Special Interest Tax Breaks Highlight Problems In Federal Tax Code
By Wesley Coopersmith
In his influential book The Rise and Decline of Nations, Yale University economist Mancur Olson explores the reasons why once-prosperous countries fall into economic stagnation and ultimately collapse. Journalist Jonathan Rauch built upon Olson’s theory, explaining that wealthy countries decline when their society ceases creative production and instead turns to government lobbying and rent-seeking. When businesses turn their investments away from the private sector to government lobbying, economic growth stagnates.
Unfortunately, we see signs of this parasite economy in federal government today. Too many businesses are finding government-supplied monopoly, subsidy, or tax break as a smarter investment than expansion by traditional means in the private sector. Sadly, it’s not just businesses that fight for a piece of the taxpayer-funded government revenue stream. Politicians, Democrat and Republican, enact legislation that benefits their constituency at the expense of the country.
One case in point is the cornucopia of narrowly-focused tax breaks that clutter the federal tax code.
Usually this time of year, Congress passes legislation that renews targeted tax breaks scheduled to expire at the end of the year. This legislation is commonly called an “extenders” package. I like to call it Congress’ Christmas gift to itself.
About 55 separate tax breaks (extenders) are set to expire at the end of the year, most of which are so narrowly focused as to only benefit specific demographics or areas of the country. Some of these include the research and development credit, college tuition deductions, the credit for energy efficient appliances, the tax credit for electric vehicles, commuter tax credits, and tax breaks on the donation of conservation property. Several of the expiring tax breaks are downright outrageous—such as those for racehorses in Kentucky, NASCAR tracks in Kansas, and Puerto Rican rum.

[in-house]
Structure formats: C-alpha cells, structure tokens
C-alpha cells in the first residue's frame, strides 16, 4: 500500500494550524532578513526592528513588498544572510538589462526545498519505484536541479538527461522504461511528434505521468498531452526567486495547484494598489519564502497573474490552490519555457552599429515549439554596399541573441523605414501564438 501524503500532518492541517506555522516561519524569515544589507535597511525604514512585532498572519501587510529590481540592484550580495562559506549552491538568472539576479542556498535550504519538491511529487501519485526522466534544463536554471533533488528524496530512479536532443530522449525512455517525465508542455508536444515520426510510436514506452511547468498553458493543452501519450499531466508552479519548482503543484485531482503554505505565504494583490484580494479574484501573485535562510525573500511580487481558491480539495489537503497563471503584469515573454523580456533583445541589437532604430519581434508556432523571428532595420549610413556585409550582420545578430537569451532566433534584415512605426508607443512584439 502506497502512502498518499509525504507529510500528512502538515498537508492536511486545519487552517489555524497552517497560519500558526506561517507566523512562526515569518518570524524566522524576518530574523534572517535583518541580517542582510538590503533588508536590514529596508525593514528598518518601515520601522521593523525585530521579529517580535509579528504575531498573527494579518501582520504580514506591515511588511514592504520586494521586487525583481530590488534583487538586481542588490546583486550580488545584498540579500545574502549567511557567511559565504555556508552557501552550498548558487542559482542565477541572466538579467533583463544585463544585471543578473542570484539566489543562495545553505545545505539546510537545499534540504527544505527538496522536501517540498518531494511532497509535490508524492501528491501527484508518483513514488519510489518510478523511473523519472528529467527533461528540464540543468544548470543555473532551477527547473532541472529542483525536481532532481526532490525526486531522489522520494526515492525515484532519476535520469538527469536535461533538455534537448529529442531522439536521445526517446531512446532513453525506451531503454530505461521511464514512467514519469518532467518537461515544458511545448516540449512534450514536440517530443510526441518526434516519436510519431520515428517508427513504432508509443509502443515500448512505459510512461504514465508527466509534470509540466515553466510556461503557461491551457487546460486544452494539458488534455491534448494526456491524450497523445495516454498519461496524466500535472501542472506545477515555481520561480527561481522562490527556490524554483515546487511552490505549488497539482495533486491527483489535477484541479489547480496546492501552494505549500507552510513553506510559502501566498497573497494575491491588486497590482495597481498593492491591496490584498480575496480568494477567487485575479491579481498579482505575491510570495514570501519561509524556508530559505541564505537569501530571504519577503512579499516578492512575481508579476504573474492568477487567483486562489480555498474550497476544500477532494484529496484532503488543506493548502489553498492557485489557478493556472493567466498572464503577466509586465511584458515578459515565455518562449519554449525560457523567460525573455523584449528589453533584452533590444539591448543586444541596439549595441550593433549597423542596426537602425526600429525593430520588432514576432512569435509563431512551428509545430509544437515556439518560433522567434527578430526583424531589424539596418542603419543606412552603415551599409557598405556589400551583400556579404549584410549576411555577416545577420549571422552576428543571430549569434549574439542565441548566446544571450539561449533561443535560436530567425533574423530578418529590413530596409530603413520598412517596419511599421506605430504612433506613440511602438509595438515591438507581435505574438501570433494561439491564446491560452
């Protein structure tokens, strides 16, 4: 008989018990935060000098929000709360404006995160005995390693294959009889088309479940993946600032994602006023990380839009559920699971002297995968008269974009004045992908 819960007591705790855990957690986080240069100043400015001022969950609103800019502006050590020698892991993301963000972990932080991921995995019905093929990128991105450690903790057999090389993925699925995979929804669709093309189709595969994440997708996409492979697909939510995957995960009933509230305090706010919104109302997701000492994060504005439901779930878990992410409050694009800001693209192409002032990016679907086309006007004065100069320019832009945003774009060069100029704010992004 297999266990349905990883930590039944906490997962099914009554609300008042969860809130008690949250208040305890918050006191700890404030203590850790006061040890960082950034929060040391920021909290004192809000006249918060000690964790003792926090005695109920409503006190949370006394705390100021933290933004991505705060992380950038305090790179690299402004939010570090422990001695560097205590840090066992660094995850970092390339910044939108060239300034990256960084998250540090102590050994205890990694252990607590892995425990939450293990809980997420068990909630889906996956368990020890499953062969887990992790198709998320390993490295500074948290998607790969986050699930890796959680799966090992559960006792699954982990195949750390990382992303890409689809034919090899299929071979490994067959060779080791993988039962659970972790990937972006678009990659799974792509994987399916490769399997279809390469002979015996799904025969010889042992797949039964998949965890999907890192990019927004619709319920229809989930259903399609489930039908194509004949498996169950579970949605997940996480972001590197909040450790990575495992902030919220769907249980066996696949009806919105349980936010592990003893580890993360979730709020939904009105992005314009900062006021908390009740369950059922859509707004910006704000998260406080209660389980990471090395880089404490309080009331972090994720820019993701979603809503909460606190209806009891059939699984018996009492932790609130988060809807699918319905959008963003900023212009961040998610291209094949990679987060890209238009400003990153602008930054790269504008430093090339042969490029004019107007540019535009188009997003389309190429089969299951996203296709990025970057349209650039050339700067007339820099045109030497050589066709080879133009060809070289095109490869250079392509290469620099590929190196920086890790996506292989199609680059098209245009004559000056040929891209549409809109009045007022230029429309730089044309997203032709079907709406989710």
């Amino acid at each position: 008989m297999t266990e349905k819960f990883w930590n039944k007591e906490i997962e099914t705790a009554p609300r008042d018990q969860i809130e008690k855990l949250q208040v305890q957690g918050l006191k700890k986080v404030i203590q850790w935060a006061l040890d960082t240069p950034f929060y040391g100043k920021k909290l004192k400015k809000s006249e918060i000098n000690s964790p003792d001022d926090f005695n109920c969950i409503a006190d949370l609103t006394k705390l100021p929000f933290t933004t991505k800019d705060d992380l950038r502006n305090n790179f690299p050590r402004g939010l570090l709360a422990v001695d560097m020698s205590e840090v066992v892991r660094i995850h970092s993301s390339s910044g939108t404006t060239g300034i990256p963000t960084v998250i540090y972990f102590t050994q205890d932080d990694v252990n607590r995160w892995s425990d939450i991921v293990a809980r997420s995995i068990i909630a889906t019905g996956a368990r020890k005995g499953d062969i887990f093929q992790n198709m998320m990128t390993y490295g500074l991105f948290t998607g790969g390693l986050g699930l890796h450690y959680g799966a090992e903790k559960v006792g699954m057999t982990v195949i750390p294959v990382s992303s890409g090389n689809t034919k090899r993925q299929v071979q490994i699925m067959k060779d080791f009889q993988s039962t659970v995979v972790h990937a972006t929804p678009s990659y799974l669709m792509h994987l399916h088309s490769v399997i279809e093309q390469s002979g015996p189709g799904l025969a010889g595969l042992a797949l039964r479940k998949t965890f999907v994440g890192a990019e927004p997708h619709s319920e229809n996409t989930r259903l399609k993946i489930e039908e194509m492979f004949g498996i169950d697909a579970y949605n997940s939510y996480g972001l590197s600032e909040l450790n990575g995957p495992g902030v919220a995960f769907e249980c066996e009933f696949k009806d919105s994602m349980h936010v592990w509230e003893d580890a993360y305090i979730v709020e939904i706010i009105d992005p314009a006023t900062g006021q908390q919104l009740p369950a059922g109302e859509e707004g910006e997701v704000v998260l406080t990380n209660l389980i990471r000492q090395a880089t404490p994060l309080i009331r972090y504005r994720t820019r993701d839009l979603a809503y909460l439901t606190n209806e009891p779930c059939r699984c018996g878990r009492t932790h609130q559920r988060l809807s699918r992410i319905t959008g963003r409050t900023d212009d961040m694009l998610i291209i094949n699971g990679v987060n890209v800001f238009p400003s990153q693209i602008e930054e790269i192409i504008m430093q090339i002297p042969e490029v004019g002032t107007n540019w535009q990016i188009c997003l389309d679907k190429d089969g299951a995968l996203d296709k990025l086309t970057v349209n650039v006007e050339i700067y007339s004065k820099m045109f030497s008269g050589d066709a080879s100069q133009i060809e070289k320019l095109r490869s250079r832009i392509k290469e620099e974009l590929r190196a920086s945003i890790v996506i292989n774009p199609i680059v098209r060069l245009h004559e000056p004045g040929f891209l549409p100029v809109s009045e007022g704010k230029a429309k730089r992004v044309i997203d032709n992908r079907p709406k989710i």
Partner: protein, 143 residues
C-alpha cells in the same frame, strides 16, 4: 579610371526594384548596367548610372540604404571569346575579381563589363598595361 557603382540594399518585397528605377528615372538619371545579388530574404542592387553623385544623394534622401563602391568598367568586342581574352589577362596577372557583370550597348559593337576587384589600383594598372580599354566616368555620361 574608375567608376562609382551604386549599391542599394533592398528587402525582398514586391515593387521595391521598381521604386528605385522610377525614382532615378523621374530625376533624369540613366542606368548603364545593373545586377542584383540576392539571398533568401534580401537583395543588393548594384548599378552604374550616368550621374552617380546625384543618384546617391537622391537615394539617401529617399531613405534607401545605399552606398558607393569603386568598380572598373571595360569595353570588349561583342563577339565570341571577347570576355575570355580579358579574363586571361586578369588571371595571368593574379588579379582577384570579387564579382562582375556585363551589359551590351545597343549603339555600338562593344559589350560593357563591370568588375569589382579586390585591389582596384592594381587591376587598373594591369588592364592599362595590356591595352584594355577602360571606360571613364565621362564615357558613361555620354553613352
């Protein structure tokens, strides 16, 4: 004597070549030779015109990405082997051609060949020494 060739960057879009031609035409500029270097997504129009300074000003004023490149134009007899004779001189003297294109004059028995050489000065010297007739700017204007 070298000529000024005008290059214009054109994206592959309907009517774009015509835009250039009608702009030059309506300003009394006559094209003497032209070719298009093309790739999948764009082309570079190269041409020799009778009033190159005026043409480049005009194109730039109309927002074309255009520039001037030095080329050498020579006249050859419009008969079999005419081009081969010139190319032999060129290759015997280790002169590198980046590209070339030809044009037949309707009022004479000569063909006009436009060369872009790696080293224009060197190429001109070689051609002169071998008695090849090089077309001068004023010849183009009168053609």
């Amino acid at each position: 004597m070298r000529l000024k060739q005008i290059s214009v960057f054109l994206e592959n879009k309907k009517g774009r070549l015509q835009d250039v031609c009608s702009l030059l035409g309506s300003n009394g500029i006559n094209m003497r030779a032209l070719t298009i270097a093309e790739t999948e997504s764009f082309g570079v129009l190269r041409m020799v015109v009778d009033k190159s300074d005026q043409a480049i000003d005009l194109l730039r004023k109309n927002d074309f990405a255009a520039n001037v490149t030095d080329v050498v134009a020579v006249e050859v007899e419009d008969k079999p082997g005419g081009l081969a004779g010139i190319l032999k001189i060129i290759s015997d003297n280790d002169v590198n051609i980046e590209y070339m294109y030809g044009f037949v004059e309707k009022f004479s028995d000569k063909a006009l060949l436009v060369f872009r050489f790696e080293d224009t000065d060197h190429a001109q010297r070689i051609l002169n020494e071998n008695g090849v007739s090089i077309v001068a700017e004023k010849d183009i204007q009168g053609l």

These specialized tax breaks come at a steep price. According to the Congressional Budget Office, the cost of extending all expiring tax provisions from 2014-2023 would come close to $1 trillion dollars. One specific tax break set to expire is the Production Tax Credit (PTC) for the wind industry. As I have previously written, the PTC is predicted to cost the American taxpayer $12 billion in 2014 if extended.
The cost of lobbying for these specialized tax breaks is also costly. Money spent on lobbying last year totaled $3.31 billion. Imagine if that money had been spent toward growing the economy instead of tapping government’s revenue stream.
A federal tax code that allows special interest groups and their friends on Capitol Hill to pick the winners and losers in our society is unfair to American taxpayers. Why should their hard earned tax dollars go to help some person in Kentucky buy a racehorse? It shouldn’t, but as long as government collects taxes, it will be a source of revenue for people to take from. So what’s the solution?
Congress must reform the federal tax code so that rates are low and neutral. This will help prevent the flow of specialized tax breaks to industries that are politically connected or Congressmen who have greater political influence. This will also encourage businesses to save and invest in the private sector, rather than in government lobbying. Tax extenders encourage the taking of the proverbial economic pie rather than the expansion of that pie. A low and neutral federal tax code will reverse this trend.
If Congress is serious about creating an environment that encourages creative innovation and economic prosperity, then it must reform our broken tax code. Opposing extending targeted tax breaks for special interests is just a first step in the right direction.
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